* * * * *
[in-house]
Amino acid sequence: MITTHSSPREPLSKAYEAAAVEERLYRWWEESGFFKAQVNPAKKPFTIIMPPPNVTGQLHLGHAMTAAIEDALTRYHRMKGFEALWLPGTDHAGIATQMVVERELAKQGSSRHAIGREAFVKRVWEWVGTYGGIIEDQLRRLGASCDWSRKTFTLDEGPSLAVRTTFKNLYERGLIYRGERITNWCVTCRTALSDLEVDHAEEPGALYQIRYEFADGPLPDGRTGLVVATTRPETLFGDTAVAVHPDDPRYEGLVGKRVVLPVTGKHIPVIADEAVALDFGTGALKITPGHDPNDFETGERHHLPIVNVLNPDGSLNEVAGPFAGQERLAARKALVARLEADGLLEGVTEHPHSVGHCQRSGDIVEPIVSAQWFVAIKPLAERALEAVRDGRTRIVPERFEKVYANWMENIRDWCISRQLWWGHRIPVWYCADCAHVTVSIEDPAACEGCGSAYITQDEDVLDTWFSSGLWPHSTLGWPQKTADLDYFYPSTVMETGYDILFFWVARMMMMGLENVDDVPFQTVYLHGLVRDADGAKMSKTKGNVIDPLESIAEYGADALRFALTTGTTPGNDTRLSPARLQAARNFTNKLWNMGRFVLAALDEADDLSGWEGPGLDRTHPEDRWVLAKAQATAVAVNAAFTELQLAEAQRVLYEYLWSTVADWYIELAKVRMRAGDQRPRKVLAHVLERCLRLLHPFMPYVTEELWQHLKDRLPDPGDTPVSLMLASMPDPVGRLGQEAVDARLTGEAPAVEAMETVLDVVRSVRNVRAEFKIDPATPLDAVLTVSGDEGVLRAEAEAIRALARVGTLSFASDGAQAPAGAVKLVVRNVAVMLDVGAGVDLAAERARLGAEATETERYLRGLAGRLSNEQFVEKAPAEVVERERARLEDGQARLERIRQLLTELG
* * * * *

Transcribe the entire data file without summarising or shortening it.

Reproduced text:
[in-house]
Amino acid sequence: MITTHSSPREPLSKAYEAAAVEERLYRWWEESGFFKAQVNPAKKPFTIIMPPPNVTGQLHLGHAMTAAIEDALTRYHRMKGFEALWLPGTDHAGIATQMVVERELAKQGSSRHAIGREAFVKRVWEWVGTYGGIIEDQLRRLGASCDWSRKTFTLDEGPSLAVRTTFKNLYERGLIYRGERITNWCVTCRTALSDLEVDHAEEPGALYQIRYEFADGPLPDGRTGLVVATTRPETLFGDTAVAVHPDDPRYEGLVGKRVVLPVTGKHIPVIADEAVALDFGTGALKITPGHDPNDFETGERHHLPIVNVLNPDGSLNEVAGPFAGQERLAARKALVARLEADGLLEGVTEHPHSVGHCQRSGDIVEPIVSAQWFVAIKPLAERALEAVRDGRTRIVPERFEKVYANWMENIRDWCISRQLWWGHRIPVWYCADCAHVTVSIEDPAACEGCGSAYITQDEDVLDTWFSSGLWPHSTLGWPQKTADLDYFYPSTVMETGYDILFFWVARMMMMGLENVDDVPFQTVYLHGLVRDADGAKMSKTKGNVIDPLESIAEYGADALRFALTTGTTPGNDTRLSPARLQAARNFTNKLWNMGRFVLAALDEADDLSGWEGPGLDRTHPEDRWVLAKAQATAVAVNAAFTELQLAEAQRVLYEYLWSTVADWYIELAKVRMRAGDQRPRKVLAHVLERCLRLLHPFMPYVTEELWQHLKDRLPDPGDTPVSLMLASMPDPVGRLGQEAVDARLTGEAPAVEAMETVLDVVRSVRNVRAEFKIDPATPLDAVLTVSGDEGVLRAEAEAIRALARVGTLSFASDGAQAPAGAVKLVVRNVAVMLDVGAGVDLAAERARLGAEATETERYLRGLAGRLSNEQFVEKAPAEVVERERARLEDGQARLERIRQLLTELG